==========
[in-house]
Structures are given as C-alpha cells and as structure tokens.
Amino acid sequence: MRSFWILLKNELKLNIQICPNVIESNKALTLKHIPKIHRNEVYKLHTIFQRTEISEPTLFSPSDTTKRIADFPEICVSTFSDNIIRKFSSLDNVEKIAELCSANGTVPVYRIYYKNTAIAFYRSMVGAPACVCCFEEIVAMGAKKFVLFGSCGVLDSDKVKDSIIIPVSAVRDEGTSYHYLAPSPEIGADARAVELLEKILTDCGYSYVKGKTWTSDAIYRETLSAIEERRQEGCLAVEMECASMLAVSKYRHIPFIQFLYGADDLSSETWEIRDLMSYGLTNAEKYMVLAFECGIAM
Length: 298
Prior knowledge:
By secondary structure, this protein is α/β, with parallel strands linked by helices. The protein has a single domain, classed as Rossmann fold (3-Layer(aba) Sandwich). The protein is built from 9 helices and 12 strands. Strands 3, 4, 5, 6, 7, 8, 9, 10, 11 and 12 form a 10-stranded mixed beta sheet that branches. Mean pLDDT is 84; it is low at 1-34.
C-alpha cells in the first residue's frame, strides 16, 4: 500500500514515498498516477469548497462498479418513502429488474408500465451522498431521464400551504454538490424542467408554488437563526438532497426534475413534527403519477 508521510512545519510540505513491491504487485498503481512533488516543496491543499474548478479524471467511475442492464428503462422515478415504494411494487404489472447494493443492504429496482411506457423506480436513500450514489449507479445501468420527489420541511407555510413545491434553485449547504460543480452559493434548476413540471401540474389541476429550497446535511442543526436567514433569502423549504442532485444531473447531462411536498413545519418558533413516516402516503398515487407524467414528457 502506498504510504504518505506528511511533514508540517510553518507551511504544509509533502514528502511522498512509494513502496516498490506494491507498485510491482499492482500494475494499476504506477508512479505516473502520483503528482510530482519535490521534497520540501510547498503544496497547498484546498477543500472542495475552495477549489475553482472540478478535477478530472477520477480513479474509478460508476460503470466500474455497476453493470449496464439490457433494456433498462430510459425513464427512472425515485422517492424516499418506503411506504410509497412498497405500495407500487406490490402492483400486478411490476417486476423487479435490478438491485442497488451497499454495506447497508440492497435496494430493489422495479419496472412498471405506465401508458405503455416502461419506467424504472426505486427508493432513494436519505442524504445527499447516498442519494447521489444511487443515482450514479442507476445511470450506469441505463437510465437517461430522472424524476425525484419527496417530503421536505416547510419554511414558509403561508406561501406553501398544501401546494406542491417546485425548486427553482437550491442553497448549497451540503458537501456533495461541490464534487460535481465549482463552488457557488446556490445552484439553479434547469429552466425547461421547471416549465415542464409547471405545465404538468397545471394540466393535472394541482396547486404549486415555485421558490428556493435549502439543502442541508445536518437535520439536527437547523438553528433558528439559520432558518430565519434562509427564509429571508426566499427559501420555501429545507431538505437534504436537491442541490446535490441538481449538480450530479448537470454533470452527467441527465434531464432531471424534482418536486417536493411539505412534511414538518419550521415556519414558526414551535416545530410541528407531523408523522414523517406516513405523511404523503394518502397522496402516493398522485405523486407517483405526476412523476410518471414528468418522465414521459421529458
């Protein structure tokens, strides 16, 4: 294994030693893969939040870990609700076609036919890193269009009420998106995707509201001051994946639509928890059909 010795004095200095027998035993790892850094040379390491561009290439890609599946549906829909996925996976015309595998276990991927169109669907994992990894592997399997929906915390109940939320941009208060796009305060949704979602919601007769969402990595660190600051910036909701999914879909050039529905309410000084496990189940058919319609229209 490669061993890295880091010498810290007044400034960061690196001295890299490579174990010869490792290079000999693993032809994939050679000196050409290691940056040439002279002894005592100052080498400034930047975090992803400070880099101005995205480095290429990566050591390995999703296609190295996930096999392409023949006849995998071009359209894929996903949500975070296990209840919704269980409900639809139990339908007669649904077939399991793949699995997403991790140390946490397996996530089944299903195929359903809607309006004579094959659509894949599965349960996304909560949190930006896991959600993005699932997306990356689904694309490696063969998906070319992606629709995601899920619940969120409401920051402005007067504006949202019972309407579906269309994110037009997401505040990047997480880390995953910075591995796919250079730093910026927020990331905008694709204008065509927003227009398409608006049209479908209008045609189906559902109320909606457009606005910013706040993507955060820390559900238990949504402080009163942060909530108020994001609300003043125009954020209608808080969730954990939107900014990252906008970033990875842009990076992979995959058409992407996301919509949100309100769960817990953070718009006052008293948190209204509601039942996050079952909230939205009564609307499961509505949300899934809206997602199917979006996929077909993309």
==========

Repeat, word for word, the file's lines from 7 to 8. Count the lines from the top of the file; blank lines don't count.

C-alpha cells in the first residue's frame, strides 16, 4: 500500500514515498498516477469548497462498479418513502429488474408500465451522498431521464400551504454538490424542467408554488437563526438532497426534475413534527403519477 508521510512545519510540505513491491504487485498503481512533488516543496491543499474548478479524471467511475442492464428503462422515478415504494411494487404489472447494493443492504429496482411506457423506480436513500450514489449507479445501468420527489420541511407555510413545491434553485449547504460543480452559493434548476413540471401540474389541476429550497446535511442543526436567514433569502423549504442532485444531473447531462411536498413545519418558533413516516402516503398515487407524467414528457 502506498504510504504518505506528511511533514508540517510553518507551511504544509509533502514528502511522498512509494513502496516498490506494491507498485510491482499492482500494475494499476504506477508512479505516473502520483503528482510530482519535490521534497520540501510547498503544496497547498484546498477543500472542495475552495477549489475553482472540478478535477478530472477520477480513479474509478460508476460503470466500474455497476453493470449496464439490457433494456433498462430510459425513464427512472425515485422517492424516499418506503411506504410509497412498497405500495407500487406490490402492483400486478411490476417486476423487479435490478438491485442497488451497499454495506447497508440492497435496494430493489422495479419496472412498471405506465401508458405503455416502461419506467424504472426505486427508493432513494436519505442524504445527499447516498442519494447521489444511487443515482450514479442507476445511470450506469441505463437510465437517461430522472424524476425525484419527496417530503421536505416547510419554511414558509403561508406561501406553501398544501401546494406542491417546485425548486427553482437550491442553497448549497451540503458537501456533495461541490464534487460535481465549482463552488457557488446556490445552484439553479434547469429552466425547461421547471416549465415542464409547471405545465404538468397545471394540466393535472394541482396547486404549486415555485421558490428556493435549502439543502442541508445536518437535520439536527437547523438553528433558528439559520432558518430565519434562509427564509429571508426566499427559501420555501429545507431538505437534504436537491442541490446535490441538481449538480450530479448537470454533470452527467441527465434531464432531471424534482418536486417536493411539505412534511414538518419550521415556519414558526414551535416545530410541528407531523408523522414523517406516513405523511404523503394518502397522496402516493398522485405523486407517483405526476412523476410518471414528468418522465414521459421529458
């Protein structure tokens, strides 16, 4: 294994030693893969939040870990609700076609036919890193269009009420998106995707509201001051994946639509928890059909 010795004095200095027998035993790892850094040379390491561009290439890609599946549906829909996925996976015309595998276990991927169109669907994992990894592997399997929906915390109940939320941009208060796009305060949704979602919601007769969402990595660190600051910036909701999914879909050039529905309410000084496990189940058919319609229209 490669061993890295880091010498810290007044400034960061690196001295890299490579174990010869490792290079000999693993032809994939050679000196050409290691940056040439002279002894005592100052080498400034930047975090992803400070880099101005995205480095290429990566050591390995999703296609190295996930096999392409023949006849995998071009359209894929996903949500975070296990209840919704269980409900639809139990339908007669649904077939399991793949699995997403991790140390946490397996996530089944299903195929359903809607309006004579094959659509894949599965349960996304909560949190930006896991959600993005699932997306990356689904694309490696063969998906070319992606629709995601899920619940969120409401920051402005007067504006949202019972309407579906269309994110037009997401505040990047997480880390995953910075591995796919250079730093910026927020990331905008694709204008065509927003227009398409608006049209479908209008045609189906559902109320909606457009606005910013706040993507955060820390559900238990949504402080009163942060909530108020994001609300003043125009954020209608808080969730954990939107900014990252906008970033990875842009990076992979995959058409992407996301919509949100309100769960817990953070718009006052008293948190209204509601039942996050079952909230939205009564609307499961509505949300899934809206997602199917979006996929077909993309």